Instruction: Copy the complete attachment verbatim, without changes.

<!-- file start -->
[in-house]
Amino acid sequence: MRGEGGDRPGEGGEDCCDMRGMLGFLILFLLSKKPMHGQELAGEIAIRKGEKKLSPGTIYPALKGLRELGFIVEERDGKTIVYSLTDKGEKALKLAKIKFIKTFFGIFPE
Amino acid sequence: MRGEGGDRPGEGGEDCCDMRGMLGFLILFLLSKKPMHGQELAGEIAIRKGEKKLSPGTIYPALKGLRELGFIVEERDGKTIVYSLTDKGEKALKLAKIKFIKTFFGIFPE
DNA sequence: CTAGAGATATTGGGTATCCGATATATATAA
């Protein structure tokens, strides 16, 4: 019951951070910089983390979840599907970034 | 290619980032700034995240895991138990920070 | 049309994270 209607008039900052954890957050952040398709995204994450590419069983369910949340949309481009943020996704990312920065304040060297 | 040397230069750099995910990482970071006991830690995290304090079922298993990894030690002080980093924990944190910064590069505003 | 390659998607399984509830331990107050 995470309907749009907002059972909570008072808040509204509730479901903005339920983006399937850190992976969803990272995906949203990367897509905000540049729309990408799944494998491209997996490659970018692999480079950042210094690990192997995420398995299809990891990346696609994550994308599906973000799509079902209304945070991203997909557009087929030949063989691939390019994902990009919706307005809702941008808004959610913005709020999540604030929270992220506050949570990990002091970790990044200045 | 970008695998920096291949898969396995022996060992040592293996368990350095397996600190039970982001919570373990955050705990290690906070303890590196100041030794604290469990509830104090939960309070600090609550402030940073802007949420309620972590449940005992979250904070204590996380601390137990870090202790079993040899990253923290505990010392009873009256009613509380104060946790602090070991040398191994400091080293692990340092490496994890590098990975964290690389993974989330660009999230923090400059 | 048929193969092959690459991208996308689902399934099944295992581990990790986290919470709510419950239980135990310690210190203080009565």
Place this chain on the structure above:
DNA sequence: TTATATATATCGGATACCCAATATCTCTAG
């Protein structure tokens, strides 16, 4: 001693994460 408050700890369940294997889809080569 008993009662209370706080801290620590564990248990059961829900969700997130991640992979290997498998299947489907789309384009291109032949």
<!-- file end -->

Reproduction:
[in-house]
Amino acid sequence: MRGEGGDRPGEGGEDCCDMRGMLGFLILFLLSKKPMHGQELAGEIAIRKGEKKLSPGTIYPALKGLRELGFIVEERDGKTIVYSLTDKGEKALKLAKIKFIKTFFGIFPE
Amino acid sequence: MRGEGGDRPGEGGEDCCDMRGMLGFLILFLLSKKPMHGQELAGEIAIRKGEKKLSPGTIYPALKGLRELGFIVEERDGKTIVYSLTDKGEKALKLAKIKFIKTFFGIFPE
DNA sequence: CTAGAGATATTGGGTATCCGATATATATAA
């Protein structure tokens, strides 16, 4: 019951951070910089983390979840599907970034 | 290619980032700034995240895991138990920070 | 049309994270 209607008039900052954890957050952040398709995204994450590419069983369910949340949309481009943020996704990312920065304040060297 | 040397230069750099995910990482970071006991830690995290304090079922298993990894030690002080980093924990944190910064590069505003 | 390659998607399984509830331990107050 995470309907749009907002059972909570008072808040509204509730479901903005339920983006399937850190992976969803990272995906949203990367897509905000540049729309990408799944494998491209997996490659970018692999480079950042210094690990192997995420398995299809990891990346696609994550994308599906973000799509079902209304945070991203997909557009087929030949063989691939390019994902990009919706307005809702941008808004959610913005709020999540604030929270992220506050949570990990002091970790990044200045 | 970008695998920096291949898969396995022996060992040592293996368990350095397996600190039970982001919570373990955050705990290690906070303890590196100041030794604290469990509830104090939960309070600090609550402030940073802007949420309620972590449940005992979250904070204590996380601390137990870090202790079993040899990253923290505990010392009873009256009613509380104060946790602090070991040398191994400091080293692990340092490496994890590098990975964290690389993974989330660009999230923090400059 | 048929193969092959690459991208996308689902399934099944295992581990990790986290919470709510419950239980135990310690210190203080009565």
Place this chain on the structure above:
DNA sequence: TTATATATATCGGATACCCAATATCTCTAG
């Protein structure tokens, strides 16, 4: 001693994460 408050700890369940294997889809080569 008993009662209370706080801290620590564990248990059961829900969700997130991640992979290997498998299947489907789309384009291109032949």